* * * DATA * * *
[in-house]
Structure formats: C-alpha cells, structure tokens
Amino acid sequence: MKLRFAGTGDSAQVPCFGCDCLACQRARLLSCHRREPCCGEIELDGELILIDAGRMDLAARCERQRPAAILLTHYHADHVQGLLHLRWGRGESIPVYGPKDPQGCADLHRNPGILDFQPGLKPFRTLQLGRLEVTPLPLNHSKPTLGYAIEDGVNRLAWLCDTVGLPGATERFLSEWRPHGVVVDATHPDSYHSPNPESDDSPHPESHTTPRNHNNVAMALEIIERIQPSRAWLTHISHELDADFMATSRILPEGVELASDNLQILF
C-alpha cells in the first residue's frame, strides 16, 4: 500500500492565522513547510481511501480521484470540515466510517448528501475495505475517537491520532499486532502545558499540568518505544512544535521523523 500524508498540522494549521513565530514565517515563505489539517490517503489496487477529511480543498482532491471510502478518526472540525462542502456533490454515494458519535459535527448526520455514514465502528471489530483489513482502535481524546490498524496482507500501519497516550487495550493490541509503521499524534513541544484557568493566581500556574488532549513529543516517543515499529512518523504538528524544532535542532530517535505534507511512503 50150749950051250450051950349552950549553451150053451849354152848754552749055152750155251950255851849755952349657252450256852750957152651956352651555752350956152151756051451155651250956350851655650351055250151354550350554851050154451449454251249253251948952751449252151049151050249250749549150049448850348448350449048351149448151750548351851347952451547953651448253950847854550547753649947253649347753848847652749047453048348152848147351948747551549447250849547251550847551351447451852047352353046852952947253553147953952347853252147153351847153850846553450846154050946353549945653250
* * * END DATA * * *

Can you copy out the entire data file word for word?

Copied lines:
[in-house]
Structure formats: C-alpha cells, structure tokens
Amino acid sequence: MKLRFAGTGDSAQVPCFGCDCLACQRARLLSCHRREPCCGEIELDGELILIDAGRMDLAARCERQRPAAILLTHYHADHVQGLLHLRWGRGESIPVYGPKDPQGCADLHRNPGILDFQPGLKPFRTLQLGRLEVTPLPLNHSKPTLGYAIEDGVNRLAWLCDTVGLPGATERFLSEWRPHGVVVDATHPDSYHSPNPESDDSPHPESHTTPRNHNNVAMALEIIERIQPSRAWLTHISHELDADFMATSRILPEGVELASDNLQILF
C-alpha cells in the first residue's frame, strides 16, 4: 500500500492565522513547510481511501480521484470540515466510517448528501475495505475517537491520532499486532502545558499540568518505544512544535521523523 500524508498540522494549521513565530514565517515563505489539517490517503489496487477529511480543498482532491471510502478518526472540525462542502456533490454515494458519535459535527448526520455514514465502528471489530483489513482502535481524546490498524496482507500501519497516550487495550493490541509503521499524534513541544484557568493566581500556574488532549513529543516517543515499529512518523504538528524544532535542532530517535505534507511512503 50150749950051250450051950349552950549553451150053451849354152848754552749055152750155251950255851849755952349657252450256852750957152651956352651555752350956152151756051451155651250956350851655650351055250151354550350554851050154451449454251249253251948952751449252151049151050249250749549150049448850348448350449048351149448151750548351851347952451547953651448253950847854550547753649947253649347753848847652749047453048348152848147351948747551549447250849547251550847551351447451852047352353046852952947253553147953952347853252147153351847153850846553450846154050946353549945653250